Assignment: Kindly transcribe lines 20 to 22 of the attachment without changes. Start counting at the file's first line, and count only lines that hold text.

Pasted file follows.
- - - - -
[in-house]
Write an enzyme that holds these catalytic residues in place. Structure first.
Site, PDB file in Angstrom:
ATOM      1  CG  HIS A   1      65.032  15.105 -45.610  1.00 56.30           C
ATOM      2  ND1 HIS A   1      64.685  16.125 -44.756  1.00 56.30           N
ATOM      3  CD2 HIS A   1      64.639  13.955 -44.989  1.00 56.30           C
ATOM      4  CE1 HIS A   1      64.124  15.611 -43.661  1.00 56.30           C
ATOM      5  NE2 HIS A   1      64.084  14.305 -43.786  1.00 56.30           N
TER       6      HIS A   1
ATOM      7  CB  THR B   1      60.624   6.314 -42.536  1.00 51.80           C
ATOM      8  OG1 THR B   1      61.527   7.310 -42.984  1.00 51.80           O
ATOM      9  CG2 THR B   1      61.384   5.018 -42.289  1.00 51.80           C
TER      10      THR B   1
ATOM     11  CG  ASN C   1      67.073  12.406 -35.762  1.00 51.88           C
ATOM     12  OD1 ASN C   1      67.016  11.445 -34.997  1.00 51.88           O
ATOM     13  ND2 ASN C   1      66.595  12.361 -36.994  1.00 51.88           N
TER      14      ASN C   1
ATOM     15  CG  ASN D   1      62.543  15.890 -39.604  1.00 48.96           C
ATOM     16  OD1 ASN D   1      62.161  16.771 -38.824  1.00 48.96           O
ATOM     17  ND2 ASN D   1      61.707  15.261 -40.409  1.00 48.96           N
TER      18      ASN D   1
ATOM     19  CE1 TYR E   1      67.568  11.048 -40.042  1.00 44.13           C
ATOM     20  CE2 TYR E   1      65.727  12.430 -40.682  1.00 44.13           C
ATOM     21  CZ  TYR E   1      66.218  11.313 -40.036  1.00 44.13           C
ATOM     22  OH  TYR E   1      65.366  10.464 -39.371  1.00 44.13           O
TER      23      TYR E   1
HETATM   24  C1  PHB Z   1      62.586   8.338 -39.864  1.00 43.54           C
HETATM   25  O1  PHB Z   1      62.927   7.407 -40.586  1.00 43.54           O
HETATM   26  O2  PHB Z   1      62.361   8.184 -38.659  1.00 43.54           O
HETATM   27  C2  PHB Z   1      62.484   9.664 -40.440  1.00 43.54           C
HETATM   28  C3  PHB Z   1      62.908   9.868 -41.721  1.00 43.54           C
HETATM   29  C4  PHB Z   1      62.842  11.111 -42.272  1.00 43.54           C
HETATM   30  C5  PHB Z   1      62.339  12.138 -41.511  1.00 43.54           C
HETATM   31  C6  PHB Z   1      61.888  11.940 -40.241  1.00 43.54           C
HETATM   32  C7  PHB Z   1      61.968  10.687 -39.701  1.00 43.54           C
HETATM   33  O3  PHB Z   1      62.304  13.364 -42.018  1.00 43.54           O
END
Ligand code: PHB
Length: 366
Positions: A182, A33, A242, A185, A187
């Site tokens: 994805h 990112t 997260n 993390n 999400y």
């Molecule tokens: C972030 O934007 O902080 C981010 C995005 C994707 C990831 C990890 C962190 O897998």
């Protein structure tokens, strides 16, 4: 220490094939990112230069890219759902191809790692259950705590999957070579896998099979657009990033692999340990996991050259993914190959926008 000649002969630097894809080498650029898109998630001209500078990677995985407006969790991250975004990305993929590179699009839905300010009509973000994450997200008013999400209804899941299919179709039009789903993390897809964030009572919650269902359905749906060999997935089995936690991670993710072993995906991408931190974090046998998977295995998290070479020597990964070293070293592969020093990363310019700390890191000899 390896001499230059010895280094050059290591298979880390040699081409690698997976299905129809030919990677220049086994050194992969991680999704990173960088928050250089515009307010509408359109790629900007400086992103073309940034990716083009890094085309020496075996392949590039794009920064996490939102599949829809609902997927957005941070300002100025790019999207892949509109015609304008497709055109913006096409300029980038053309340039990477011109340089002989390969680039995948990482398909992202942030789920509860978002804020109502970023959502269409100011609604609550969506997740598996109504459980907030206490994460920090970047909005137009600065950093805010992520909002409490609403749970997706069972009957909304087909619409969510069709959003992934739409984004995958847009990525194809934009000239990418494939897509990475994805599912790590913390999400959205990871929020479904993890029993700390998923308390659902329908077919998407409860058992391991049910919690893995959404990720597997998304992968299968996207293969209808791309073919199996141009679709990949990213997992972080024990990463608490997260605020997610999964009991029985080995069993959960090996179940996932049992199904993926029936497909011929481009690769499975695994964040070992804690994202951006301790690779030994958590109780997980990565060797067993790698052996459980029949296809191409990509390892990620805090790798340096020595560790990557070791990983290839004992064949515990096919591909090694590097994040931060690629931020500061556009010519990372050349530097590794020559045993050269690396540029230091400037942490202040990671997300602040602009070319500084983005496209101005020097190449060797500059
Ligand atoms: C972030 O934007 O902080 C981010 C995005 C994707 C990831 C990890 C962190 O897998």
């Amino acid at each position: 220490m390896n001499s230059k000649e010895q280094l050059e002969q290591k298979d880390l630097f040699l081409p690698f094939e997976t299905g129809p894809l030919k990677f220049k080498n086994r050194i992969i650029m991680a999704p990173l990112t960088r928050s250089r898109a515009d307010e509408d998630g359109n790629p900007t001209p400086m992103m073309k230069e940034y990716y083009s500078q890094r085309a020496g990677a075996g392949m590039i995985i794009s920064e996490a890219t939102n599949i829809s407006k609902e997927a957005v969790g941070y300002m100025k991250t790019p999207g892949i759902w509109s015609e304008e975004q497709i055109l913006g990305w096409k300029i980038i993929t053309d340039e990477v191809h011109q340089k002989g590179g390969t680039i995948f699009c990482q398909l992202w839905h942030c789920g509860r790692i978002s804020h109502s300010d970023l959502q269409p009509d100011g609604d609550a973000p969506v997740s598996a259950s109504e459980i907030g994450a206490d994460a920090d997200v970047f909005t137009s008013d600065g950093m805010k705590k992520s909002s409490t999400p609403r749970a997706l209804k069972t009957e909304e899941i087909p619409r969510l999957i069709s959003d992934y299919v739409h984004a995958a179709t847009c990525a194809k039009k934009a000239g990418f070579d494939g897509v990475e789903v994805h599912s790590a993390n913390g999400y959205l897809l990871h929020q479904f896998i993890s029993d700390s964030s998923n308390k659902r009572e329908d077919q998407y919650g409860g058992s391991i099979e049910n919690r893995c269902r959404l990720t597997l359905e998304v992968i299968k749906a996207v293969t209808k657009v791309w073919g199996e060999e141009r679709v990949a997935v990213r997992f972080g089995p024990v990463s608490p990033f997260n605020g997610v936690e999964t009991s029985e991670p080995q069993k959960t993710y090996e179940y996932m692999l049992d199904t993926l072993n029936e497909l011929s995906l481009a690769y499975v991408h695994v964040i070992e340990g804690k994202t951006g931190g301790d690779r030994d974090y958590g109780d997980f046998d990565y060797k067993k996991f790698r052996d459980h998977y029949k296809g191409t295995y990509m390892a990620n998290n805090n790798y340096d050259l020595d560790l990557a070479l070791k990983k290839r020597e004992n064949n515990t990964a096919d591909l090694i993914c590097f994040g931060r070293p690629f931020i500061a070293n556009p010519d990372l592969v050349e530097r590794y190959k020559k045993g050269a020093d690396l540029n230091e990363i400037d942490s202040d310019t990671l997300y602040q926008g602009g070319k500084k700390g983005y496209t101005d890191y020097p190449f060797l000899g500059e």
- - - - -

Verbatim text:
ATOM     17  ND2 ASN D   1      61.707  15.261 -40.409  1.00 48.96           N
TER      18      ASN D   1
ATOM     19  CE1 TYR E   1      67.568  11.048 -40.042  1.00 44.13           C